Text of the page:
As a digital strategist and political consultant, I see political campaigns all the time that launch with critical pieces missing in their strategy. Then they get bad press, or no press. They fail to capitalize on the moment, to raise enough money and supporters to kick start the campaign. It's a hard enough road for progressive political candidates, since we rarely have the deep pockets of the other side. We need to get the basics right at the beginning, and the momentum can carry us through to be in a good position later.
At PowerThru, we've helped a lot of candidates get launched in the last few months. For first time candidates or folks who have been out of office for awhile and are not used to online tools, we find ourselves telling them the same things.
How do you get started when you're running for office? Here's our list to help guide candidates and would-be candidates during the crucial phase between "thinking about running" and launching. What you do now can give you the boost you need for a successful launch, and get you on track to win. If you're thinking about running, please read this carefully. And if you know somebody who's running, please pass this along!
1. Your list is the heart muscle of your campaign. So strengthen and build it as much as you can before you launch.
I'm talking about your list of donors, prospects, volunteers and supporters.
Even if you're starting from scratch, you have a list: your friends, family, coworkers, etc. Now is the time to be combing through stacks of business cards and inputting the info, getting your personal email address book, work email address book, and your cellphone contacts all synched. You'll wind up using this list for your announcement email, and also for your initial fundraising call time sessions.
If you're not on LinkedIn, get on there and start building your professional network. It's a great way to get current contact info from people you may have worked with years ago but lost touch with. (And, pssst, you can download your contacts' email addresses via LinkedIn, which you cannot really do with Twitter or Facebook. Note that you can download name/email/company via LinkedIn but you cannot mass download phone #s and addresses - you'll need to spend some time on LinkedIn copying that info down by hand, just like with Facebook.)
Also reach out to people who support you, who may have access to lists. If you're running for an office held by a Republican, try to get the supporter list of the last Democrat who ran for that seat. Other previous campaigns for city, county or congressional office can be cobbled together to cover a larger district (especially the parts that have strong Democratic preference). And of course the state party may be able to help you if there's no primary (if there is, it's even more important to make friends with other local Democrats who have run and won elections in your district - ask for their endorsement and their list). Take advantage of this by reaching out before you launch to see what resources are available.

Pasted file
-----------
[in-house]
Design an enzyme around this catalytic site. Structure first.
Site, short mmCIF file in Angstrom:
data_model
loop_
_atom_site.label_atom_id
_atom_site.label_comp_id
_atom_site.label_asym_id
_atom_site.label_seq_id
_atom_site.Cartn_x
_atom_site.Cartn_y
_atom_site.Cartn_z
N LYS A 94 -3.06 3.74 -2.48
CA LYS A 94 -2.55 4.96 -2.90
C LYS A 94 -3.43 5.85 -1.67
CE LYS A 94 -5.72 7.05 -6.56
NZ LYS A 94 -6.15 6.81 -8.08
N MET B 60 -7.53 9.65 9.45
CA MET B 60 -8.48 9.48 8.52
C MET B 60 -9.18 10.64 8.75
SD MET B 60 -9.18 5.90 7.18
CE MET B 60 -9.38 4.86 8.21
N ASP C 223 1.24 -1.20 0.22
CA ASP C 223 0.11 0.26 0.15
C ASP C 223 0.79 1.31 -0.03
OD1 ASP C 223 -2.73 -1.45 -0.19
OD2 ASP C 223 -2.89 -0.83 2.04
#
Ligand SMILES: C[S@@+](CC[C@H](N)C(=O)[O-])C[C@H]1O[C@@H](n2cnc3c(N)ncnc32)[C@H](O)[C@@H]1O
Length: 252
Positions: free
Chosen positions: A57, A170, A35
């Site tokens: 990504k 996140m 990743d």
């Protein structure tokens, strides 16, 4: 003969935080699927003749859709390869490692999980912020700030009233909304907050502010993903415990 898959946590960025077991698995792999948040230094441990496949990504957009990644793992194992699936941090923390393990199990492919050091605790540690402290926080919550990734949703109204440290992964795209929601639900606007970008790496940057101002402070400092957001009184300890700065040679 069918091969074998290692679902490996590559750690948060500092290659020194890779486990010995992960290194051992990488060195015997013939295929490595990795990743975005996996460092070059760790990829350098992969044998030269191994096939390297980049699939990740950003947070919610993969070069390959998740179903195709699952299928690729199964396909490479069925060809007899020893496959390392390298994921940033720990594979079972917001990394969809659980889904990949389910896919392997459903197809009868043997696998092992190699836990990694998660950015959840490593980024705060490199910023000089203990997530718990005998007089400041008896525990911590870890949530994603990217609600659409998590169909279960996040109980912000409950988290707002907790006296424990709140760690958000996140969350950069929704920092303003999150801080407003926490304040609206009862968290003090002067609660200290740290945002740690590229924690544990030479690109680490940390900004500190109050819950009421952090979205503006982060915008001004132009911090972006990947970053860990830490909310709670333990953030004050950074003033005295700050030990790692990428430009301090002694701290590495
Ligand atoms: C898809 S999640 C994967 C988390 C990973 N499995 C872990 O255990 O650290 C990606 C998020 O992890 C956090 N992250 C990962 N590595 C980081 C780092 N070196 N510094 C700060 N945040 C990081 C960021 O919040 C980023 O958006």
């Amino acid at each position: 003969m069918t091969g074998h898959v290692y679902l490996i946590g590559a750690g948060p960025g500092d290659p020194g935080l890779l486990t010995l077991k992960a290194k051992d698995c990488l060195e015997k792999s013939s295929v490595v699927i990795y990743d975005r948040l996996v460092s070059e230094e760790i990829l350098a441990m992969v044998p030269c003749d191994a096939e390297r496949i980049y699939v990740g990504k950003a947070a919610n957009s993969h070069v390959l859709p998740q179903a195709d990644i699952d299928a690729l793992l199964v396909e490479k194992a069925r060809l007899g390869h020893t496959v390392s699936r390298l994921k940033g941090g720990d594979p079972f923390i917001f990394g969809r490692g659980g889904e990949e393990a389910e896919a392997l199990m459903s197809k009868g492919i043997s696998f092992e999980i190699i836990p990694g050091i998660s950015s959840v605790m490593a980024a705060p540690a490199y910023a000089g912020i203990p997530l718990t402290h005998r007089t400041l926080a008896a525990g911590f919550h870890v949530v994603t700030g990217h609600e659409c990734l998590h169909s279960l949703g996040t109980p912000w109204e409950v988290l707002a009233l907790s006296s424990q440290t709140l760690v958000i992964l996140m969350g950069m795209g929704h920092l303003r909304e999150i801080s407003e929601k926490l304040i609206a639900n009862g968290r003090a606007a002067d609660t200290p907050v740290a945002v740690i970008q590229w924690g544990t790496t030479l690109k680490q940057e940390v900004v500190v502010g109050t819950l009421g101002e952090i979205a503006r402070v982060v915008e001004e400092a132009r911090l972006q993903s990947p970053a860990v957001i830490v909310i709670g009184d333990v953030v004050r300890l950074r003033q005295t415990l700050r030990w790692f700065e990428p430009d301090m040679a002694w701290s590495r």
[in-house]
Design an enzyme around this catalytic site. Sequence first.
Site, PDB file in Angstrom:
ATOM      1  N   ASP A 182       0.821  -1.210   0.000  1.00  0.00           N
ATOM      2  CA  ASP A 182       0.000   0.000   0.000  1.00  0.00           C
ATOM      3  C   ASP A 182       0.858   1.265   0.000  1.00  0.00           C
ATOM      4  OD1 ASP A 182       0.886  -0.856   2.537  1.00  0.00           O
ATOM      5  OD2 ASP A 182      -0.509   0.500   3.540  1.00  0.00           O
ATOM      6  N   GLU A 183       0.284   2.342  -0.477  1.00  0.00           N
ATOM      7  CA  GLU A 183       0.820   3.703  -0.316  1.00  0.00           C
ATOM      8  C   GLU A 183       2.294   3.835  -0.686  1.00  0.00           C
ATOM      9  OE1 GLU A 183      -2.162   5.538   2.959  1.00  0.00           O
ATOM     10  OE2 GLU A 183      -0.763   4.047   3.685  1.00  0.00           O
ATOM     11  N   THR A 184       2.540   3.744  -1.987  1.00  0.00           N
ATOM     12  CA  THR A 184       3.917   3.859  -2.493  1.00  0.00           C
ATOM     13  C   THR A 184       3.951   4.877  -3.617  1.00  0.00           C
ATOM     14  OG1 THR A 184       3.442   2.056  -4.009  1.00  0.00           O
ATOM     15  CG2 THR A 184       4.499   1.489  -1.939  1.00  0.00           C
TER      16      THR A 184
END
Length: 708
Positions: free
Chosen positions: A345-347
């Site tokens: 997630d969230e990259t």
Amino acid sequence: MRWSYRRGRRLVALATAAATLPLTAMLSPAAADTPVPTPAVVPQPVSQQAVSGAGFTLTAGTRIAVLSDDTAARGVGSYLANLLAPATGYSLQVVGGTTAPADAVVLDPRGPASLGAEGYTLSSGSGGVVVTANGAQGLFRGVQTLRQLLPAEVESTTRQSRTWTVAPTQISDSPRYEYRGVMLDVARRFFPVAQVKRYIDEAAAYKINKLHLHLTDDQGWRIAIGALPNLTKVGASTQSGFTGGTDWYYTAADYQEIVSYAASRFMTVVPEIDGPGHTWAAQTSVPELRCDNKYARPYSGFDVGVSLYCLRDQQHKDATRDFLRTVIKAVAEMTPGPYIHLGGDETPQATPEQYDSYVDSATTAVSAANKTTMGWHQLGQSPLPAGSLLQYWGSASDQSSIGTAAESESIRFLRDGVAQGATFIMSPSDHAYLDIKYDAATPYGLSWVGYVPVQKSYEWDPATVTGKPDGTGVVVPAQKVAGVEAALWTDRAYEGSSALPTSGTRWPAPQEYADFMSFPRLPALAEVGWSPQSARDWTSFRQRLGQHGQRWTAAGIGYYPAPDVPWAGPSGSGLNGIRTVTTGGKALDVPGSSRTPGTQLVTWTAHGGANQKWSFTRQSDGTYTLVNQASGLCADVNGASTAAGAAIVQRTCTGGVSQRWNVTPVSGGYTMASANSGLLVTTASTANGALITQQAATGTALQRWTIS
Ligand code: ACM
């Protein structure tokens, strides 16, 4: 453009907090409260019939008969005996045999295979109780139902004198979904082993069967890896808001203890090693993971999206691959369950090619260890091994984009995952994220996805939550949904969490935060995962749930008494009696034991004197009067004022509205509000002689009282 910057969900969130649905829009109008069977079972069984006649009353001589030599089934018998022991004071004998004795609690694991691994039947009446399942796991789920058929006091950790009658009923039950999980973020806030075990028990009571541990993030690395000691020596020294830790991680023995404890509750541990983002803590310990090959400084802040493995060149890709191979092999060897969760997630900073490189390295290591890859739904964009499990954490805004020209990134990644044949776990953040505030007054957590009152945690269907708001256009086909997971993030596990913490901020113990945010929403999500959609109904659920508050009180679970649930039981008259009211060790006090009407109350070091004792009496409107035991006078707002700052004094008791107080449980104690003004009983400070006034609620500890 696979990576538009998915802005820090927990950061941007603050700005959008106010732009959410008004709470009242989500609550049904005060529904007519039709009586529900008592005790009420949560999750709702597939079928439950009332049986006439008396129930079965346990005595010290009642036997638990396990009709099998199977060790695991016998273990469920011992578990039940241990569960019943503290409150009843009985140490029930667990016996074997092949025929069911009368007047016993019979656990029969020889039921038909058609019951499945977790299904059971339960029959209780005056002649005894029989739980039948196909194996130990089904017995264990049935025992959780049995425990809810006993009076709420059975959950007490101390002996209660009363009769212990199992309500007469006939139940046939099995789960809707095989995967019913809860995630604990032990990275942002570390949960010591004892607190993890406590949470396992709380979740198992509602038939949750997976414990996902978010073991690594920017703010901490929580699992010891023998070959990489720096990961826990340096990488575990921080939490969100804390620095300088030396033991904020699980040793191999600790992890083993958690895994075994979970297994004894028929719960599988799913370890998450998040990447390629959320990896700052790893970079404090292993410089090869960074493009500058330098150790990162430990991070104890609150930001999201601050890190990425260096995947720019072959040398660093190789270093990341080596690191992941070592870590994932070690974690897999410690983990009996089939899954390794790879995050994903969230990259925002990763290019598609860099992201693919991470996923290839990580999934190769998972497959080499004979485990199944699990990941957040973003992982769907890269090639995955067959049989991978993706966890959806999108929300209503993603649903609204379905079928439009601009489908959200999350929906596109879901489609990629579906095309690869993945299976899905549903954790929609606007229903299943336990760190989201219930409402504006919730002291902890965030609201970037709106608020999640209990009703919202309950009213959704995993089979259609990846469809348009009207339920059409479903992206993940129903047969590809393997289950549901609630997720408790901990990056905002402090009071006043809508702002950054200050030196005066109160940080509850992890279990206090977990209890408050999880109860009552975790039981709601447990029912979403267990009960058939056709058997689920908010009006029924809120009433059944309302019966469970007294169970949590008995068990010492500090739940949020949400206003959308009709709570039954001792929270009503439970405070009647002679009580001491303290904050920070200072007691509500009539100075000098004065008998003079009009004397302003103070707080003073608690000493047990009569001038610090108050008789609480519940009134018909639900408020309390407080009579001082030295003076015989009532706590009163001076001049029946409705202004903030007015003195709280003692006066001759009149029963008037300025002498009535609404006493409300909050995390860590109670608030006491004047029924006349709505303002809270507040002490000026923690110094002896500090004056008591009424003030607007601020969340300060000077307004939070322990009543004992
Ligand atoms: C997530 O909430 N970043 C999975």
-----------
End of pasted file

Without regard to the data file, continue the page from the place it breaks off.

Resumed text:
Now is also the time to get on Twitter and Facebook, if you are not yet already, and get active to build out your social media contacts. If you're all in, it's possible to convert a personal Facebook profile into a page. This will give you a jumpstart in fans and also erase any past (potentially embarrassing) content. If you choose to maintain a separate personal account for friends and family, a page will still give you another way besides email to reach out to your circle.
2. Claim your name online. Buy your domain names now. If you wait till rumors are out there that you're running for office, squatters could grab your domain and refuse to give it back unless you pay expensive prices. Or your opponent could buy it, which is worse. So buy them now.
What domains should you get? Every combination of your first and last name, including nicknames (jim, jimmy, james, etc.) might be useful, and be sure to purchase the trifecta of common URLs: .com/net/org. Domains are cheap but not buying a domain can be costly. The last thing you want is to save $10 by not buying a jimmy.com, because you go by James, only to have your opponent put up an attack-site a few weeks later at "jimmy.com" that spreads all kinds of lies and falsehoods about your past, which now you have to spend thousands of earned media dollars to rebut.
Defense aside, what domain should the campaign use? I highly recommend making sure your full name is in your domain, because this will help with search engines. Read more from our search engine optimization guide for political campaigns and non-profits. Hopefully your name is easy to spell. If it isn't, be sure to buy misspellings. And perhaps use a simplified URL when you're giving speeches.
In terms of social media and naming, while it may be possible to make a one-time change of your URL or page title on Facebook and unlimited changes of your Twitter username -- don't assume you can do this. The internet is littered with one-time-use campaign social media profiles. If you're under 90 years old (or heck, even if you are 90), choose a Facebook page title and URL (aka username) that won't tie you down to running for a specific office in a specific year -- we all know that politics is about the long game. And some of the most successful politicians in history had to run more than once before they got elected to office. So use your name, your full name, this will help with search engine work in a few days and it might help your career in public service for years to come.
For the rest of our tips -- and what to do on launch day -- read the rest of our (long) guide to launching your political campaign online successfully.